Dina Meyer
The film has moments of slow pacing here and there, but mostly it’s a building story. That being said, it can definitely use some editing and excising, such as how many times do we need to see the water coming from Meyer’s shower head straight on? It’s almost like you’re stuck a bit in David’s need to (rinse and) repeat. Luckily, this doesn’t happen often enough to give up on the story, which mostly works pretty well, in part thanks to its seasoned cast (meant as experience, not age).

Many of the characters are either not likeable or a bit two-dimensional, though David’s seems to be the most thought through (well, the actor playing him did co-write it, remember); however, he is also the center of the story, so that makes sense. We don’t get to learn too much about the others; well, more than occupations and allegiances. There’s very little backstory other than bad dad.

My big question, though, is the title. To me, it sounds kind of contradictory. Okay, here is what I mean by that: the whole premise is based on all the characters volunteering to do something with the box that I won’t give away, and then the box giving each what they want in order to…well, you know (i.e., see the film for yourself). They make choices about what they want, and follow through with the devil’s deal (or demon’s; still not sure). That sounds more like willing than unwilling. Is there something I missed? It’s a similar theme to the Leprechaun franchise where he grants wishes that brings along demise in it, or even as far back as Goethe’s Faust. The working title of the film was The Gathering, and while The Unwilling definitely sounds more chilling, the other seems more accurate. Yeah, I know this is a bit nit-picky; do with it what you will.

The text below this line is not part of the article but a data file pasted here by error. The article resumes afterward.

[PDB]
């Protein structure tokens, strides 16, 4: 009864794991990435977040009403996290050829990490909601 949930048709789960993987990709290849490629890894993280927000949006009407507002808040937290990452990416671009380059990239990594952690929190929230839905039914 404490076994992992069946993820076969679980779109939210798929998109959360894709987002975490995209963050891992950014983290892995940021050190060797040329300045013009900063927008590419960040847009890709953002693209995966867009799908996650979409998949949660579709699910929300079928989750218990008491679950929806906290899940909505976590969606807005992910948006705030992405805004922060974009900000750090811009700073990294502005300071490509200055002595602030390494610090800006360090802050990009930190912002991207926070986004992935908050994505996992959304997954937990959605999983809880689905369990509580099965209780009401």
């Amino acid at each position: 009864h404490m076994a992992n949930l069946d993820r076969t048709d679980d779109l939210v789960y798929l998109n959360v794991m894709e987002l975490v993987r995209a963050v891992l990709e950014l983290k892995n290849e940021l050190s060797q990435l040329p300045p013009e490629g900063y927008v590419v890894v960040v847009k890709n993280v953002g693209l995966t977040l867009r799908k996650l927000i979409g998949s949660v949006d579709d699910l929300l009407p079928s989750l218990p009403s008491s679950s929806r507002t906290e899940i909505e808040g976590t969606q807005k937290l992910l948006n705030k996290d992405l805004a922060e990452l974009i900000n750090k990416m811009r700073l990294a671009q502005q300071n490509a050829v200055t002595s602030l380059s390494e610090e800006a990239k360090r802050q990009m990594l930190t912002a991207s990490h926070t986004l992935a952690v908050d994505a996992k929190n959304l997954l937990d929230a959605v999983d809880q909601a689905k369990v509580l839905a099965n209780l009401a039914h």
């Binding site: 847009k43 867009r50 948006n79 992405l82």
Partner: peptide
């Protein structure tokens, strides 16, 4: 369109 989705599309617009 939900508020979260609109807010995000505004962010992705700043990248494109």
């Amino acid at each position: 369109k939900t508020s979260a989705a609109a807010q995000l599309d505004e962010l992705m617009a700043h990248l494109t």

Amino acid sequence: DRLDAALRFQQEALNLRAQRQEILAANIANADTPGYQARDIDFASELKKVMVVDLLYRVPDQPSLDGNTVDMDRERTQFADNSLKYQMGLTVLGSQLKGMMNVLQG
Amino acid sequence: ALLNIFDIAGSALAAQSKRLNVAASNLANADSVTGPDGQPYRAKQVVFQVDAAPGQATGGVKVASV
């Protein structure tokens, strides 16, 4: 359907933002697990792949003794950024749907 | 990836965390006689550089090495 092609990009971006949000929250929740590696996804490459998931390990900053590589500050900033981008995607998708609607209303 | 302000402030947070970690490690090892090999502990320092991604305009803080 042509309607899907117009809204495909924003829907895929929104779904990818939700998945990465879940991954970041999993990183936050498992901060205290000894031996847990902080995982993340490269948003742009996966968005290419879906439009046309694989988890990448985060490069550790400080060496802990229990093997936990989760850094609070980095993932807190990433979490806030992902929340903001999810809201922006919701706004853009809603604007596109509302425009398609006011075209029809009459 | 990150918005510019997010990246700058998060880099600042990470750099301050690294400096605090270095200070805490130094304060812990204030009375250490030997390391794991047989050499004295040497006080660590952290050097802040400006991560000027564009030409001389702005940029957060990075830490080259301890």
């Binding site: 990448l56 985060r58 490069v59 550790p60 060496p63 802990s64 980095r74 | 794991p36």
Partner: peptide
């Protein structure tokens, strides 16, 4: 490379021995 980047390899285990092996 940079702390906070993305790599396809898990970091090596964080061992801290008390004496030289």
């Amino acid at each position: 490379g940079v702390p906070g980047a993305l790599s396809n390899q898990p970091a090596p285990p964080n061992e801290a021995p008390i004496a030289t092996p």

Bree Williamson
The SFX in the film are occasionally practical appliances (the blood consistency and color is really good, by the way), but there is also a lot of digital hoo-haa, such as swirling smoke, mirror tricks (reminiscent of Carpenter’s 1987 Prince of Darkness) and a visual “ripple” that leads a character to the box to get what he needs/wants. Other than one cheesy effect outside the house, they all look decent, but it’s pretty obvious that it’s optical.